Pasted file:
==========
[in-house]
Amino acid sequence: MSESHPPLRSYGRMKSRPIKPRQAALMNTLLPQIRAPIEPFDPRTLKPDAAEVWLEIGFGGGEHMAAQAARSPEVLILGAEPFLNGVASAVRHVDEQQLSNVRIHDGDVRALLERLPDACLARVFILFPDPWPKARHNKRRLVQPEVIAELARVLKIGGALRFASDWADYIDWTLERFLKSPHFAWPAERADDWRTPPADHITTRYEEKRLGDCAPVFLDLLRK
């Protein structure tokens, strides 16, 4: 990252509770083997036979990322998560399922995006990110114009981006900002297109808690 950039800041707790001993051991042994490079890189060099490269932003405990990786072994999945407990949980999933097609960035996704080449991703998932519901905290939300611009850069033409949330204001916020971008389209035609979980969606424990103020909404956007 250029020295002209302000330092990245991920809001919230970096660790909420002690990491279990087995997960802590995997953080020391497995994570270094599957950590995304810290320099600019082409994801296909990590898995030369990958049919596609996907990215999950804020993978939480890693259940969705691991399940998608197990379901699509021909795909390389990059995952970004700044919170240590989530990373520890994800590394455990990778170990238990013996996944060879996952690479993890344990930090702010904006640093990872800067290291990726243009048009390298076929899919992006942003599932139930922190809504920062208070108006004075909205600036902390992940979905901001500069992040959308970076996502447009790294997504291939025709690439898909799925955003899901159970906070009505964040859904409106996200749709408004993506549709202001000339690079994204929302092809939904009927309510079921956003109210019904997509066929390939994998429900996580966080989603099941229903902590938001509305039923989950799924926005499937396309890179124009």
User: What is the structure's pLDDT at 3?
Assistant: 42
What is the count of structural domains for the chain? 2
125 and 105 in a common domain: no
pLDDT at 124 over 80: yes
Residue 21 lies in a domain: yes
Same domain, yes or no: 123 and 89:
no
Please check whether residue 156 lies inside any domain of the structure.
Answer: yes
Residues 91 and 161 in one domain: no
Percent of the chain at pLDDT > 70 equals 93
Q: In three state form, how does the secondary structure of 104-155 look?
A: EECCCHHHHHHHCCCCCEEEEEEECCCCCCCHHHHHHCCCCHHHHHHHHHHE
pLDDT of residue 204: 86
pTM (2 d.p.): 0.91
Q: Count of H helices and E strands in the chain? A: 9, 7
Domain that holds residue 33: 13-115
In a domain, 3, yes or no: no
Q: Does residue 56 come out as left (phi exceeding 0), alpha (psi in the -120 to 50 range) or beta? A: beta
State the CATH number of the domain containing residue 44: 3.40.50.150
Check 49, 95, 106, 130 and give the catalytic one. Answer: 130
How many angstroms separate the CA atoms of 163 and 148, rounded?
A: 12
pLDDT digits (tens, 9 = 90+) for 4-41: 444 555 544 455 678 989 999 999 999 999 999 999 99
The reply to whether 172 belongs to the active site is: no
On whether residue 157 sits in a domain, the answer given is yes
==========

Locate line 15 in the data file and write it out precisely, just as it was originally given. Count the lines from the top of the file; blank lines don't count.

Percent of the chain at pLDDT > 70 equals 93